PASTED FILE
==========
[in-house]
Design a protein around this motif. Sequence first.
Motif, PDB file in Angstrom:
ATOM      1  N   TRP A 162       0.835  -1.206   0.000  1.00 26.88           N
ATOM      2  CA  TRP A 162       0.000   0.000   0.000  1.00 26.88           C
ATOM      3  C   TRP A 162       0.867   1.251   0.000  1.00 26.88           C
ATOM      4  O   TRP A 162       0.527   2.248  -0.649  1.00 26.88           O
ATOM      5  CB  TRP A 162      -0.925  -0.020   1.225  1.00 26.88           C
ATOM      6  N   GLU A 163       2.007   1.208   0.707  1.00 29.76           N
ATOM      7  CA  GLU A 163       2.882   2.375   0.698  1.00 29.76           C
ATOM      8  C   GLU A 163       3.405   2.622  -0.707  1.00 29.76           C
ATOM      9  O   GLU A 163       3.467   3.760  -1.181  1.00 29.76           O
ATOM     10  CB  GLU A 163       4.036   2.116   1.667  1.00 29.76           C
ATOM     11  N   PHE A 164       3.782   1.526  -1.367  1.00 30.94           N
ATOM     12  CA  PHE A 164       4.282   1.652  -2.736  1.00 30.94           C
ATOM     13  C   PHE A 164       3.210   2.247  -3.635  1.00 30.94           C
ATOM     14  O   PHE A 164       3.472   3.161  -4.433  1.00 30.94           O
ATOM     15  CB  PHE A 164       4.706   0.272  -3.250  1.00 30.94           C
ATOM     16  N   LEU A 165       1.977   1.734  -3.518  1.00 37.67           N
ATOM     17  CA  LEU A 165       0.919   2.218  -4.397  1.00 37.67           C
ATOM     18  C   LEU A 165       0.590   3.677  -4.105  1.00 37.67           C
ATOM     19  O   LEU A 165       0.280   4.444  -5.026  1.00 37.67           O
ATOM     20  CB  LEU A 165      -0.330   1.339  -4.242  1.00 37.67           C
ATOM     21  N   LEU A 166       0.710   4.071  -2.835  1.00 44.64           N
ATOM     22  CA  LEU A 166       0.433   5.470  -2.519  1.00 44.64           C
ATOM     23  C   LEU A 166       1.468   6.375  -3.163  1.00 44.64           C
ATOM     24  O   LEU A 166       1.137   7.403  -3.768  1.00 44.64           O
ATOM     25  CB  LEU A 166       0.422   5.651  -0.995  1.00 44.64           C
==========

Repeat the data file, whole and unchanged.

[in-house]
Design a protein around this motif. Sequence first.
Motif, PDB file in Angstrom:
ATOM      1  N   TRP A 162       0.835  -1.206   0.000  1.00 26.88           N
ATOM      2  CA  TRP A 162       0.000   0.000   0.000  1.00 26.88           C
ATOM      3  C   TRP A 162       0.867   1.251   0.000  1.00 26.88           C
ATOM      4  O   TRP A 162       0.527   2.248  -0.649  1.00 26.88           O
ATOM      5  CB  TRP A 162      -0.925  -0.020   1.225  1.00 26.88           C
ATOM      6  N   GLU A 163       2.007   1.208   0.707  1.00 29.76           N
ATOM      7  CA  GLU A 163       2.882   2.375   0.698  1.00 29.76           C
ATOM      8  C   GLU A 163       3.405   2.622  -0.707  1.00 29.76           C
ATOM      9  O   GLU A 163       3.467   3.760  -1.181  1.00 29.76           O
ATOM     10  CB  GLU A 163       4.036   2.116   1.667  1.00 29.76           C
ATOM     11  N   PHE A 164       3.782   1.526  -1.367  1.00 30.94           N
ATOM     12  CA  PHE A 164       4.282   1.652  -2.736  1.00 30.94           C
ATOM     13  C   PHE A 164       3.210   2.247  -3.635  1.00 30.94           C
ATOM     14  O   PHE A 164       3.472   3.161  -4.433  1.00 30.94           O
ATOM     15  CB  PHE A 164       4.706   0.272  -3.250  1.00 30.94           C
ATOM     16  N   LEU A 165       1.977   1.734  -3.518  1.00 37.67           N
ATOM     17  CA  LEU A 165       0.919   2.218  -4.397  1.00 37.67           C
ATOM     18  C   LEU A 165       0.590   3.677  -4.105  1.00 37.67           C
ATOM     19  O   LEU A 165       0.280   4.444  -5.026  1.00 37.67           O
ATOM     20  CB  LEU A 165      -0.330   1.339  -4.242  1.00 37.67           C
ATOM     21  N   LEU A 166       0.710   4.071  -2.835  1.00 44.64           N
ATOM     22  CA  LEU A 166       0.433   5.470  -2.519  1.00 44.64           C
ATOM     23  C   LEU A 166       1.468   6.375  -3.163  1.00 44.64           C
ATOM     24  O   LEU A 166       1.137   7.403  -3.768  1.00 44.64           O
ATOM     25  CB  LEU A 166       0.422   5.651  -0.995  1.00 44.64           C